Pilsner v Specialty beer

The distinction between big and small was not the only thing: “The relationship between pilsner and specialty beer is interesting as well. It’s a topic everyone has an opinion about. Pilsner is seen as product of the bigger automated breweries, specialty beer of artisanal brewers. However, the big brewers are discovering specialtybeer as a marketing ploy. The brewmaster from Heineken in Den Bosch sees bockbeer as the way to distinguish himself, whereas smaller brewers sometimes feel making a good pilsner does the same thing, because it is quite hard to make.

She also noticed another interesting battle of ideas. There are haters and lovers of heavily hopped beers: those who dislike the lingering hoppy taste and those who try anything to add more hops while keeping it drinkable at the same time. “I see in both trends a sort of quest for purity”.

Time of the Season

The book is divided into four sections, corresponding to the seasons. This was done to stress that beer is a natural product with ingredients from the country and is a hint to the making of seasonal beers. Every piece about a brewery has either a reference to a season in the text or in a picture. The authors put Heineken in the fall section because of the long tradition of the Amstelbock. De Pelgrim has a heavy chocolate stout and fits into the winter section. Alfa made it into the spring section because of their Lente (Spring) Bock and Dortmunder beers.

Every section ends with a recipe (like a rabbit stew with onion and prunes). Besides the seasons two sections describe the up-and-coming trends of biological brewing (we mentioned Gulpener in an earlier article, and they are rightfully in this section) and brewing with unusual ingredients (De Molen). The stress on the seasons adds more atmosphere to the book.

Conclusions

Annette tells us that the brewers she met are a funny bunch of people, who all think that their way of doing things is the only right one and unique in the country. “We often heard brewers say that they were the only ones who had their brewing process set up in a certain way. But they often don’t know what the others brewers do, except for some colleagues they befriended. There often are as many comparisons as differences between breweries.”  This conclusion is a very interesting one; Some brewers brew according to the Reinheitsgebot, others experiment heavily with ingredients or lagering, different equipment, different hops etc. Annette: “If something is clear, it’s that there is not a single best way of brewing, that everything has already been done at one stage in history and that claims like ‘our way is the only right historical way’ is futile. But it is this stubbornness that is also charming, because you have to be convinced of your own uniqueness.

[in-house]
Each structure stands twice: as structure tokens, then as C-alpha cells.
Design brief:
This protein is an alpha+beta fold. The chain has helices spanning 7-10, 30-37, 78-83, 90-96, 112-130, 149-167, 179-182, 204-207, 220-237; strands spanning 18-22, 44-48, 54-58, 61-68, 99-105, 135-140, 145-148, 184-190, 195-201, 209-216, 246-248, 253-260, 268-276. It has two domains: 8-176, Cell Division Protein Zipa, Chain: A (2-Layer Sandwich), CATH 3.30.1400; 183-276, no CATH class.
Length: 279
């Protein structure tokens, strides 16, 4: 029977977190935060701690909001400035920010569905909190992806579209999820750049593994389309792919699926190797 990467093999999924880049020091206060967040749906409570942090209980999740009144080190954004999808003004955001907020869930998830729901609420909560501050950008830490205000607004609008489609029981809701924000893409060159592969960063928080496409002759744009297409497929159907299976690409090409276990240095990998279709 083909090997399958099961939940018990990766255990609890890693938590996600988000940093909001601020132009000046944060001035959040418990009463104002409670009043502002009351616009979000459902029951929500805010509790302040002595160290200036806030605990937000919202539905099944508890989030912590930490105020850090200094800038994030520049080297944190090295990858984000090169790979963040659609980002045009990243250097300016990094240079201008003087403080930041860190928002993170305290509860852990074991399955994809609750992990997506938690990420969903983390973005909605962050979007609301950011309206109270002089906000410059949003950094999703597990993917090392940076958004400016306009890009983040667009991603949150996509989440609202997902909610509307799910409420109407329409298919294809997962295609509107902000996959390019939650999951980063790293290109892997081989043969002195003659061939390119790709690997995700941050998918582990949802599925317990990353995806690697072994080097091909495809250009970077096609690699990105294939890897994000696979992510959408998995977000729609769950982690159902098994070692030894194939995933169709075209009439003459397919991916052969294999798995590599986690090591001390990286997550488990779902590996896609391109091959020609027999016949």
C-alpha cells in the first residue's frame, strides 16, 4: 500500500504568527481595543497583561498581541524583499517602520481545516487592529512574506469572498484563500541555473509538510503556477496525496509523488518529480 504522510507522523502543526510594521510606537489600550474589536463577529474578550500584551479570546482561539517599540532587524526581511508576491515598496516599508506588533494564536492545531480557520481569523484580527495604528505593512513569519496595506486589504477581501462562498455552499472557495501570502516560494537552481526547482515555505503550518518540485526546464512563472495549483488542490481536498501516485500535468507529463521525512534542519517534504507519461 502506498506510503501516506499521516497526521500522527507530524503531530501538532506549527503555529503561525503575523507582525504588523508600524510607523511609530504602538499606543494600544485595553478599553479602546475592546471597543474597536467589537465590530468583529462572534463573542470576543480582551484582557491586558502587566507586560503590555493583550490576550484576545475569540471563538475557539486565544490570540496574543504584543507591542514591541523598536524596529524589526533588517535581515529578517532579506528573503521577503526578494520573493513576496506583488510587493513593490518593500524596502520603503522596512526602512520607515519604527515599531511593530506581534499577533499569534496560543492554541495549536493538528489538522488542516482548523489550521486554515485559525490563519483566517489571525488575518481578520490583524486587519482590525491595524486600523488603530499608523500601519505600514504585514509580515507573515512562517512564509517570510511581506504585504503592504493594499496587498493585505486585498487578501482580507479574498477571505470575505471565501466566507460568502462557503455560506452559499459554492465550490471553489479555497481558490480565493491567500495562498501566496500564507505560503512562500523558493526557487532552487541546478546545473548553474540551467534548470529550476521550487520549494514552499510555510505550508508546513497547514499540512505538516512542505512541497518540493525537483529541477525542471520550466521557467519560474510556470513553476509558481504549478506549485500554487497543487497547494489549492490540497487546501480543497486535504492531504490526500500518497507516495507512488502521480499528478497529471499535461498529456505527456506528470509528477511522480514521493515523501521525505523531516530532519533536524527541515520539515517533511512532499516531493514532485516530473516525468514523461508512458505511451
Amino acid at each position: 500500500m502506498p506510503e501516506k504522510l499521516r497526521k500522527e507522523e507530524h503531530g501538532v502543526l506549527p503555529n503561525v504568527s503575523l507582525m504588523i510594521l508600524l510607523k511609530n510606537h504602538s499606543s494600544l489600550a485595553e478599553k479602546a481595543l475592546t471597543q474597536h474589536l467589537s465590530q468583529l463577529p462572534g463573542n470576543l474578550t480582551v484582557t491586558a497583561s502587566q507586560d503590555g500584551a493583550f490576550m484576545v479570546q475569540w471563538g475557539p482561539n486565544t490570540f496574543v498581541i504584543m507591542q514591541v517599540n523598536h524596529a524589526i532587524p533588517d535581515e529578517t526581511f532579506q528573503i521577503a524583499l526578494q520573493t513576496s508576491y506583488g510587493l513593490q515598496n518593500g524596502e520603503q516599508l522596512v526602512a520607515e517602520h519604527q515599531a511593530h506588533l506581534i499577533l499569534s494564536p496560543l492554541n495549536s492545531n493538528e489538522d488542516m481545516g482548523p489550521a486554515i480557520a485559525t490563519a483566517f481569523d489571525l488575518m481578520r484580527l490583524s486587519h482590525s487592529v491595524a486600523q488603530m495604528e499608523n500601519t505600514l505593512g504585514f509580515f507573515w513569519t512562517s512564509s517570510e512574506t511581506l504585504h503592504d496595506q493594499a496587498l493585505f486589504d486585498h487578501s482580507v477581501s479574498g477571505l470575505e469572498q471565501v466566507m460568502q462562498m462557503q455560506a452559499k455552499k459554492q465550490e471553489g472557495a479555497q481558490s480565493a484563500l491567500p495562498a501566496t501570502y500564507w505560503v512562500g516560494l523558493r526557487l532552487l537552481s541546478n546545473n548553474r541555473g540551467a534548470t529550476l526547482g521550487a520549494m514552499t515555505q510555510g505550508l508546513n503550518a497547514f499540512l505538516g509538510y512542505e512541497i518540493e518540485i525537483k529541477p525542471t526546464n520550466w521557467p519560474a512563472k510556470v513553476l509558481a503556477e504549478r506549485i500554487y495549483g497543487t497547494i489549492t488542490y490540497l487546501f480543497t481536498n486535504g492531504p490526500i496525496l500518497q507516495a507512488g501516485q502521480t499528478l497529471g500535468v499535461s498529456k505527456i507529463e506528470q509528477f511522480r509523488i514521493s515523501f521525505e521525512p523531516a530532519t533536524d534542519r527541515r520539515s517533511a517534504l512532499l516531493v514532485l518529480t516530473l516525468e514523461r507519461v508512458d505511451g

The author’s favorite beers

Of course we had to ask what Annette’s favorite beers from the country were. She mentioned four in particular: De Molen’s Op & Top, Mommeriete’s Rookbock, Jopen Koyt and the La Trappe Oak Aged Isid’Or. Photographer Tina seems to be the real fanatical beerdrinker, traveling all over the country to the beerfestivals, to try as many different beers as possible. Annette does have our almost missionary like mindset to get people who don’t drink a lot of beer, or always the same one,  to drink some of the special beers. And as she herself puts it: “I have noticed that if you tell an interesting story to tell that helps a lot”.

And we agree, since we also try and find those interesting stories. We read a lot more of those in “Jong Bier in Oude Vaten” which was released last year with publisher Fontaine. Click ‘Bestel Hier’ to order the book or walk to any good bookstore in the country to get a great hardcover copy.